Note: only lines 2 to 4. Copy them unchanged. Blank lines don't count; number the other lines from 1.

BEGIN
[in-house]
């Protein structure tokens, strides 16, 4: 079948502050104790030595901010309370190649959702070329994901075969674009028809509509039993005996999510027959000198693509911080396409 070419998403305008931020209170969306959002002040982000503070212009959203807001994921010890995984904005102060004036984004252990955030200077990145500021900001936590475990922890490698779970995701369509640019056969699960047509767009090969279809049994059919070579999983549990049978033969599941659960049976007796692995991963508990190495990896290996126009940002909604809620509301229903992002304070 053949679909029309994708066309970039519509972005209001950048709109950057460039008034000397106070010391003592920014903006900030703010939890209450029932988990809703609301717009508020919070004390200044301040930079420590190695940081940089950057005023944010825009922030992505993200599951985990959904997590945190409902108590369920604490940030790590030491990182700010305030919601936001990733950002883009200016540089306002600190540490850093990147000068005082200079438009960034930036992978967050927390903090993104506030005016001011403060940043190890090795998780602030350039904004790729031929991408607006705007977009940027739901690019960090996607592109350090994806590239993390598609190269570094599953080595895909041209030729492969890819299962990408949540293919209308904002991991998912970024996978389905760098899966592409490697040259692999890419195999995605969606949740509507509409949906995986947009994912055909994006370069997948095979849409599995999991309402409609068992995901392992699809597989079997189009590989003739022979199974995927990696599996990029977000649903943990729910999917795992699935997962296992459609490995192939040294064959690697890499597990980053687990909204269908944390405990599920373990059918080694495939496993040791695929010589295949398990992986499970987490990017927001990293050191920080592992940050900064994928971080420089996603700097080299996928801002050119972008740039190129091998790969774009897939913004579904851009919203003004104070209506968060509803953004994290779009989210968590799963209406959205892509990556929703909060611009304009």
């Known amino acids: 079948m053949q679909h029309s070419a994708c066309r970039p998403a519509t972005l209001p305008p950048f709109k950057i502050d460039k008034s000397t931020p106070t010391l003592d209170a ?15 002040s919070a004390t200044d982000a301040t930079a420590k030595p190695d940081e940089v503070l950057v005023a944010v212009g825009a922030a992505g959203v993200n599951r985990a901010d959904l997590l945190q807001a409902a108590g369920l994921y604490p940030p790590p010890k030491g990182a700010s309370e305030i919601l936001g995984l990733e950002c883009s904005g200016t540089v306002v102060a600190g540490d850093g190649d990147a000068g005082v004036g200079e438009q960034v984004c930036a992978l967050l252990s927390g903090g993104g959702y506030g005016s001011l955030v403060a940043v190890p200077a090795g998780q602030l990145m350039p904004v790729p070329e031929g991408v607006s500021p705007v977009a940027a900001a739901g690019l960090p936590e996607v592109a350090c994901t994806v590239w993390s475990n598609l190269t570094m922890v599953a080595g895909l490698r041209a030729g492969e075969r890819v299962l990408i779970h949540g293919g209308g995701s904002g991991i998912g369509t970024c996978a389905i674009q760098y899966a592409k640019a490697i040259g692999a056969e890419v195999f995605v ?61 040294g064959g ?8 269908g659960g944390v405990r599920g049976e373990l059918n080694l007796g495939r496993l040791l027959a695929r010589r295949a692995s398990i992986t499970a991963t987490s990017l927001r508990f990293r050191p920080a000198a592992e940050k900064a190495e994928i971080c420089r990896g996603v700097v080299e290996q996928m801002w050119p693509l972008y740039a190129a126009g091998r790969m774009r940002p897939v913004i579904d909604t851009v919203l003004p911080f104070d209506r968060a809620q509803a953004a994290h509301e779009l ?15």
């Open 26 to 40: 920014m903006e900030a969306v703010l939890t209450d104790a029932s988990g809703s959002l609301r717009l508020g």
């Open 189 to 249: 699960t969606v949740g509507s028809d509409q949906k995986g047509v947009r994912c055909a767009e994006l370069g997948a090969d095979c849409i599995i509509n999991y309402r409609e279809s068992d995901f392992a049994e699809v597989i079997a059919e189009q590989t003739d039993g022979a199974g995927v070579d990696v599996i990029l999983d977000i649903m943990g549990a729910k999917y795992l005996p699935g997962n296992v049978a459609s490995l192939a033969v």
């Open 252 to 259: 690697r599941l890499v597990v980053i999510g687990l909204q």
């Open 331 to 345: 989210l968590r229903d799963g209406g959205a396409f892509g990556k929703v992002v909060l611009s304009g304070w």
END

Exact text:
């Protein structure tokens, strides 16, 4: 079948502050104790030595901010309370190649959702070329994901075969674009028809509509039993005996999510027959000198693509911080396409 070419998403305008931020209170969306959002002040982000503070212009959203807001994921010890995984904005102060004036984004252990955030200077990145500021900001936590475990922890490698779970995701369509640019056969699960047509767009090969279809049994059919070579999983549990049978033969599941659960049976007796692995991963508990190495990896290996126009940002909604809620509301229903992002304070 053949679909029309994708066309970039519509972005209001950048709109950057460039008034000397106070010391003592920014903006900030703010939890209450029932988990809703609301717009508020919070004390200044301040930079420590190695940081940089950057005023944010825009922030992505993200599951985990959904997590945190409902108590369920604490940030790590030491990182700010305030919601936001990733950002883009200016540089306002600190540490850093990147000068005082200079438009960034930036992978967050927390903090993104506030005016001011403060940043190890090795998780602030350039904004790729031929991408607006705007977009940027739901690019960090996607592109350090994806590239993390598609190269570094599953080595895909041209030729492969890819299962990408949540293919209308904002991991998912970024996978389905760098899966592409490697040259692999890419195999995605969606949740509507509409949906995986947009994912055909994006370069997948095979849409599995999991309402409609068992995901392992699809597989079997189009590989003739022979199974995927990696599996990029977000649903943990729910999917795992699935997962296992459609490995192939040294064959690697890499597990980053687990909204269908944390405990599920373990059918080694495939496993040791695929010589295949398990992986499970987490990017927001990293050191920080592992940050900064994928971080420089996603700097080299996928801002050119972008740039190129091998790969774009897939913004579904851009919203003004104070209506968060509803953004994290779009989210968590799963209406959205892509990556929703909060611009304009």
């Known amino acids: 079948m053949q679909h029309s070419a994708c066309r970039p998403a519509t972005l209001p305008p950048f709109k950057i502050d460039k008034s000397t931020p106070t010391l003592d209170a ?15 002040s919070a004390t200044d982000a301040t930079a420590k030595p190695d940081e940089v503070l950057v005023a944010v212009g825009a922030a992505g959203v993200n599951r985990a901010d959904l997590l945190q807001a409902a108590g369920l994921y604490p940030p790590p010890k030491g990182a700010s309370e305030i919601l936001g995984l990733e950002c883009s904005g200016t540089v306002v102060a600190g540490d850093g190649d990147a000068g005082v004036g200079e438009q960034v984004c930036a992978l967050l252990s927390g903090g993104g959702y506030g005016s001011l955030v403060a940043v190890p200077a090795g998780q602030l990145m350039p904004v790729p070329e031929g991408v607006s500021p705007v977009a940027a900001a739901g690019l960090p936590e996607v592109a350090c994901t994806v590239w993390s475990n598609l190269t570094m922890v599953a080595g895909l490698r041209a030729g492969e075969r890819v299962l990408i779970h949540g293919g209308g995701s904002g991991i998912g369509t970024c996978a389905i674009q760098y899966a592409k640019a490697i040259g692999a056969e890419v195999f995605v ?61 040294g064959g ?8 269908g659960g944390v405990r599920g049976e373990l059918n080694l007796g495939r496993l040791l027959a695929r010589r295949a692995s398990i992986t499970a991963t987490s990017l927001r508990f990293r050191p920080a000198a592992e940050k900064a190495e994928i971080c420089r990896g996603v700097v080299e290996q996928m801002w050119p693509l972008y740039a190129a126009g091998r790969m774009r940002p897939v913004i579904d909604t851009v919203l003004p911080f104070d209506r968060a809620q509803a953004a994290h509301e779009l ?15």
């Open 26 to 40: 920014m903006e900030a969306v703010l939890t209450d104790a029932s988990g809703s959002l609301r717009l508020g």